Reformer Chosen to Run County Education Office


One of the more obscure, if high-paying, jobs in local public education was filled Tuesday when a divided Los Angeles County Board of Supervisors named a former Kentucky official and noted reformer to be superintendent of the county Office of Education.

Donald W. Ingwerson was awarded a three-year contract during a closed-door session on a 3-2 vote. Supervisors Deane Dana and Ed Edelman voted no, an indication of the controversy surrounding the appointment to what historically has been a low-profile but increasingly powerful post.

The new superintendent’s salary will be set by the appointed county Board of Education. His predecessor, Stuart Gothold, who is retiring at the end of the month, earns $118,000 annually.

Ingwerson, 60, who holds a doctorate in school administration from the University of Wyoming, was superintendent of Jefferson County Schools in Louisville for 12 years before leaving in 1993 to head the Galef Institute, a private school-reform organization in Santa Monica. He previously worked as a teacher and counselor, then administrator in several Southern California school districts, including Temple City, Glendora and Orange Unified.


While in Jefferson County, Ingwerson implemented Kentucky’s highly touted reform effort--which overhauled financing of schools and demanded higher results--and became a figure in the national drive to improve public schools.

After he was named Kentucky Superintendent of the Year in 1992, the Louisville Courier-Journal published articles disputing academic improvement claims. The paper also ran stories about Ingwerson’s hiring of school district employees to perform work on his real estate properties. In the stories, Ingwerson denied doing anything improper. He could not be reached for comment Tuesday.

Edelman said his vote against Ingwerson was prompted by his strong belief that “there were much better candidates.” Supervisors had interviewed four other finalists: two local superintendents, Robert Aguilar of the Norwalk-La Mirada district and Ronald Hockwalt of the Walnut Valley schools, and two administrators from the county Office of Education, Gilberto Anzaldua and Jennifer Hartman.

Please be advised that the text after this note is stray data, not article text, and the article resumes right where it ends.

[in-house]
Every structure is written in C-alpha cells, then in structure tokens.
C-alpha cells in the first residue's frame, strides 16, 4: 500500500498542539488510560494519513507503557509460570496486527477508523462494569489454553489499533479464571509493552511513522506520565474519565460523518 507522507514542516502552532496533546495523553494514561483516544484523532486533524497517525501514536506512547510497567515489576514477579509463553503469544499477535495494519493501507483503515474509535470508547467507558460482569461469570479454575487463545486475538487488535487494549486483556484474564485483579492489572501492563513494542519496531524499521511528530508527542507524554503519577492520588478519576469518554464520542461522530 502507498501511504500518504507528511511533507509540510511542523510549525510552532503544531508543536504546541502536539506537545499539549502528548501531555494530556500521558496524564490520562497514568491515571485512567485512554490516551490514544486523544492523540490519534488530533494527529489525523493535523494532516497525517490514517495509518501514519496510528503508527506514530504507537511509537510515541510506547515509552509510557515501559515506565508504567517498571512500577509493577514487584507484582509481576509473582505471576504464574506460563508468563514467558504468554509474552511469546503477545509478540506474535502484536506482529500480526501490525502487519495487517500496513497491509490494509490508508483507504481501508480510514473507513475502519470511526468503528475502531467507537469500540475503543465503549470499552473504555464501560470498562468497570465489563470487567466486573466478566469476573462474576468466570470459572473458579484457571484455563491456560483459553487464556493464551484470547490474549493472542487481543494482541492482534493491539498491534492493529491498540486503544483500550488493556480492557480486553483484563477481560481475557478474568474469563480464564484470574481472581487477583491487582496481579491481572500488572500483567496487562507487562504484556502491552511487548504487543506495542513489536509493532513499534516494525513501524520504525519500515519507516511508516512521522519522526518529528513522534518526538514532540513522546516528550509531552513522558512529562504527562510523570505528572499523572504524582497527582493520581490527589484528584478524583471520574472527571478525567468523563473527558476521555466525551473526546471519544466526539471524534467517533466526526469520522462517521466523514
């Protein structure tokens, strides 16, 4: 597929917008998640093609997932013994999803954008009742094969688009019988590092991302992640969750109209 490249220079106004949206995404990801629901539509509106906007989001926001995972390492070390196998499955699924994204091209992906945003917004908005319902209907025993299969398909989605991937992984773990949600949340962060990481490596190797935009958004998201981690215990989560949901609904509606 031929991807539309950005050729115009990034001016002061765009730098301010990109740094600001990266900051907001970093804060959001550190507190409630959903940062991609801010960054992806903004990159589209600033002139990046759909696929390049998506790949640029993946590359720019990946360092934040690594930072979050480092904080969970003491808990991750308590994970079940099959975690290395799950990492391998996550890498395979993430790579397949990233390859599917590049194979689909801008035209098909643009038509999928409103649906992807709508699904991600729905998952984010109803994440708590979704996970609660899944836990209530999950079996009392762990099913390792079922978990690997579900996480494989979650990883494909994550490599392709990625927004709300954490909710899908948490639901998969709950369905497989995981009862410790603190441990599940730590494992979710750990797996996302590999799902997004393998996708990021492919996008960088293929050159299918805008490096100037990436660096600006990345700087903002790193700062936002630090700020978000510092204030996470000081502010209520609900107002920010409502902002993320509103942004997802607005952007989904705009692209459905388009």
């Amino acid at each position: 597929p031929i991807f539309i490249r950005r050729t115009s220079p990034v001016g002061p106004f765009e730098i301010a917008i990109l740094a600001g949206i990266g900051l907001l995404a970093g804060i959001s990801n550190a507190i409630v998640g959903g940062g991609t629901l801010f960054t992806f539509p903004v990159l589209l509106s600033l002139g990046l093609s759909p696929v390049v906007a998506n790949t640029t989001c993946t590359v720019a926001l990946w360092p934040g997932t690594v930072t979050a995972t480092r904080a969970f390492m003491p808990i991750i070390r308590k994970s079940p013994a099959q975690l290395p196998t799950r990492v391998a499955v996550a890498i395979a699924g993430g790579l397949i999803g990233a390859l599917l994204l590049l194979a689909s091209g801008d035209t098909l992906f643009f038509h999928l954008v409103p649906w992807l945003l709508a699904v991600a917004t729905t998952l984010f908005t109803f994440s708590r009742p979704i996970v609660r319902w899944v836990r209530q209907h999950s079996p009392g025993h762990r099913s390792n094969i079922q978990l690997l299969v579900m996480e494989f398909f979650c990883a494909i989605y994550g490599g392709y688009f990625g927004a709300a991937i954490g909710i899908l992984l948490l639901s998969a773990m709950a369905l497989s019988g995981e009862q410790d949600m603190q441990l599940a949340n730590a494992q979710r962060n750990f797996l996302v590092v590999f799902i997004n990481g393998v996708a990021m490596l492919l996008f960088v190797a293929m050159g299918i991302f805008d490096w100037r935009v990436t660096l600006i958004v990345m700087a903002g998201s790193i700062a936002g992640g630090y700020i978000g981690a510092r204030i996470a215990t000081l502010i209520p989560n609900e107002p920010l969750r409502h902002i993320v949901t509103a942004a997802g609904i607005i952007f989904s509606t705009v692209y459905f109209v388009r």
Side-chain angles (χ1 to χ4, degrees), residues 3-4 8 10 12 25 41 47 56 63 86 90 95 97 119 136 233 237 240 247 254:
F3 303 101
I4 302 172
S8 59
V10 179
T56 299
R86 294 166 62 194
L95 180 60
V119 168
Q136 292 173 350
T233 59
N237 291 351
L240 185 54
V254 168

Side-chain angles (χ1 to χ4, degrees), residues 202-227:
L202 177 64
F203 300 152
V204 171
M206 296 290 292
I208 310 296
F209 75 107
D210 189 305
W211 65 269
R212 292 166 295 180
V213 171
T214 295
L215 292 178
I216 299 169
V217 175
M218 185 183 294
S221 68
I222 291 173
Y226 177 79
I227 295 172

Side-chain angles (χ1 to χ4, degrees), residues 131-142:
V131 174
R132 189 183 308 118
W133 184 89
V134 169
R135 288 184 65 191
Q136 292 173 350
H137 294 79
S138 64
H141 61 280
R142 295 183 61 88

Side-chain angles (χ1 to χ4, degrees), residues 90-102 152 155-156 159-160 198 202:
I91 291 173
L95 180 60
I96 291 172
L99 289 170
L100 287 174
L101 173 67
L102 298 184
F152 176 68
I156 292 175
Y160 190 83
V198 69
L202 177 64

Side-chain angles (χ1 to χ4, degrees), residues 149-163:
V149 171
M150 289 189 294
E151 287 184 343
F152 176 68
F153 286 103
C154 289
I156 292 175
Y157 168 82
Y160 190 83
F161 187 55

Edelman said he and the other supervisors knew about the Louisville controversies, but he declined to say whether they played a role in his vote against Ingwerson.


Board of Supervisors Chairwoman Yvonne Brathwaite Burke, one of those voting for the new superintendent, said she was impressed by Ingwerson’s national stature, his support in the business community and his tremendous record, especially in improving achievement among minority students. Burke added that supervisors looked at the Kentucky controversies but felt that they were a very small part of Ingwerson’s overall track record.

Ingwerson is taking a job that is little known outside local education leadership circles. The superintendent runs the county Office of Education, which advises and provides support to 94 school districts and operates a variety of specialized schools and programs. The agency has 3,400 employees and a $339-million budget. In recent years, as increasing numbers of financially strapped California districts began heading into the red, the Legislature gave county superintendents greater power to intervene to keep the districts solvent.

Gothold, a respected educator who held the county post for 14 years before accepting a teaching post with USC’s School of Education, told colleagues that he preferred the change to let him work behind the scenes in a style where he felt most effective.